In 2007, Balg and Boileau introduced the Instability Severity Index Score as a tool to help to predict instability after an arthroscopic Bankart procedure27. This score included points for both glenoid and humeral bone loss. As the dynamic interaction has been better understood with the concepts of an engaging Hill-Sachs lesion and the glenoid track, investigators have sought improvements in the preoperative prediction of those who will likely need concomitant procedures and those who will do well with an isolated arthroscopic Bankart7,14,25,26. Our data validate the glenoid track concept, as evidenced by the high predictive accuracy when applied to our clinical cohort.

There were several weaknesses to this study. First, it was retrospective and had potential biases therein. However, surgeons who measured the imaging were blinded to the clinical result, limiting detection bias. No patient was excluded after data combination, which may have helped in minimizing selection bias. In addition, our sample size was not sufficiently powered to demonstrate the superiority of the track concept to glenoid bone loss when we limited our analysis to strictly bipolar bone loss. Finally, the cohort in this study was a military cohort, and therefore our results may not have been typical of civilian populations. However, it should be noted that this population is characterized by young, active men, who are also common in any instability population. In spite of these weaknesses, we were able to clinically validate the importance of the on-track and off-track paradigm of shoulder instability, as we were able to demonstrate the improved accuracy of the track concept over isolated glenoid bone loss (a positive predictive value of 75% for the track concept compared with 44% for the isolated glenoid bone loss) when evaluating the cohort as a whole, as well as in bipolar and monopolar bone loss individually. Furthermore, to our knowledge, this is the first study to evaluate the glenoid track concept in a clinical population using postoperative functional outcomes. We found it to be highly predictive of outcome and superior to the predictive value of glenoid bone loss of 20%.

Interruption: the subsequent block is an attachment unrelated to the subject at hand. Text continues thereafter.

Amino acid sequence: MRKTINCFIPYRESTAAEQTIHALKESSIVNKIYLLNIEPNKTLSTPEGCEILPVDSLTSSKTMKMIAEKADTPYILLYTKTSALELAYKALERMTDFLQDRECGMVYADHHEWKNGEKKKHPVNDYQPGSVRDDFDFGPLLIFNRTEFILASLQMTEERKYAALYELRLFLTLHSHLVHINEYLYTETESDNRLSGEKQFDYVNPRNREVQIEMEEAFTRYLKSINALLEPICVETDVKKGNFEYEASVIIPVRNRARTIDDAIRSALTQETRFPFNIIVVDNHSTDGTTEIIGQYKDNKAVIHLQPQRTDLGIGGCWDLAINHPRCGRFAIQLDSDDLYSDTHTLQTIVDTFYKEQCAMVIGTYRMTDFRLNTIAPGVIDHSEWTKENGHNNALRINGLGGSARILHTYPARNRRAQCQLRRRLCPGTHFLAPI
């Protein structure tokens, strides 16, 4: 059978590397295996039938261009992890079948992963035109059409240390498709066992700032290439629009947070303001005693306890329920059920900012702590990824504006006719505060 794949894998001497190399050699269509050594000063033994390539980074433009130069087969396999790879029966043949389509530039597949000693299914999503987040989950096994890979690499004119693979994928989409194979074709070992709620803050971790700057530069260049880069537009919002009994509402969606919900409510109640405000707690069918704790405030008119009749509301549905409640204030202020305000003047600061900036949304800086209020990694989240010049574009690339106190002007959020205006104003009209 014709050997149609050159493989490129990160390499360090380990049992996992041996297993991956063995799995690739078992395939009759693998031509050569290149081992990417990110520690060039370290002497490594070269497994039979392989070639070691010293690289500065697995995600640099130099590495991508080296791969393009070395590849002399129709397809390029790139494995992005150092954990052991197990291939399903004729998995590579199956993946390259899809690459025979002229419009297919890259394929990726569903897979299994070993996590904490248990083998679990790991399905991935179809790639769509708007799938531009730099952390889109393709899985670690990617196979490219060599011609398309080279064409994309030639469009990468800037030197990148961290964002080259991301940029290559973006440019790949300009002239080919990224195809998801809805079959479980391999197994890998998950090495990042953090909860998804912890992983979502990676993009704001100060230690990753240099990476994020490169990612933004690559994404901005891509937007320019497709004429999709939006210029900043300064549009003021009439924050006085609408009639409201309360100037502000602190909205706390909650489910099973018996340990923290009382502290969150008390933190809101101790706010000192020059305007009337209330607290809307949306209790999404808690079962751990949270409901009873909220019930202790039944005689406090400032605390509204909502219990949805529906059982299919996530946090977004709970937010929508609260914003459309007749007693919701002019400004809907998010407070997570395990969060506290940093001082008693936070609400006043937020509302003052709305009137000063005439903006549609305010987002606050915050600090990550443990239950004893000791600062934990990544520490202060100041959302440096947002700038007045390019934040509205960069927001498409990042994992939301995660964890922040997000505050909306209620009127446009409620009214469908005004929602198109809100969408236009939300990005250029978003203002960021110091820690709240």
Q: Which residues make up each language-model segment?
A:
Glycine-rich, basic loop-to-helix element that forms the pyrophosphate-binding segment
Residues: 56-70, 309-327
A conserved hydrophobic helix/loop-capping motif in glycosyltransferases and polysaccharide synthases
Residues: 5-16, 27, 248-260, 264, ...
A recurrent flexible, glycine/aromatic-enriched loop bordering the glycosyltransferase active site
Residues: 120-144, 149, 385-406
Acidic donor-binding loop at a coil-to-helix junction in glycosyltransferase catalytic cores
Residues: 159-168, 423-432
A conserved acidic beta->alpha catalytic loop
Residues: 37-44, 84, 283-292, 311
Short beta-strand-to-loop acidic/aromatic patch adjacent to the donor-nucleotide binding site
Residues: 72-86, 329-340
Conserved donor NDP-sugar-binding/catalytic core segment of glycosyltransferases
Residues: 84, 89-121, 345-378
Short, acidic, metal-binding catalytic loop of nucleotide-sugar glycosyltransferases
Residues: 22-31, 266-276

In conclusion, the glenoid track concept was recently proposed to evaluate the combined importance of both glenoid and humeral bone loss in shoulder instability. The application of this concept to our clinical cohort demonstrated that the glenoid track was a more accurate predictor of instability compared with isolated glenoid bone loss after primary arthroscopic Bankart repairs. This validation of the glenoid track concept encourages its use in the diagnostic work-up of patients who are undergoing consideration of stabilization for anterior shoulder instability. With this increased understanding of the effect of the track status on postoperative outcomes, we no longer perform an isolated arthroscopic Bankart in a patient with an off-track, unstable shoulder.

Investigation performed at the Tripler Army Medical Center, Honolulu, Hawaii

Disclosure: There was no external source of funding. On the Disclosure of Potential Conflicts of Interest forms, which are provided with the online version of the article, one or more of the authors checked “yes” to indicate that the author had a relevant financial relationship in the biomedical arena outside the submitted work.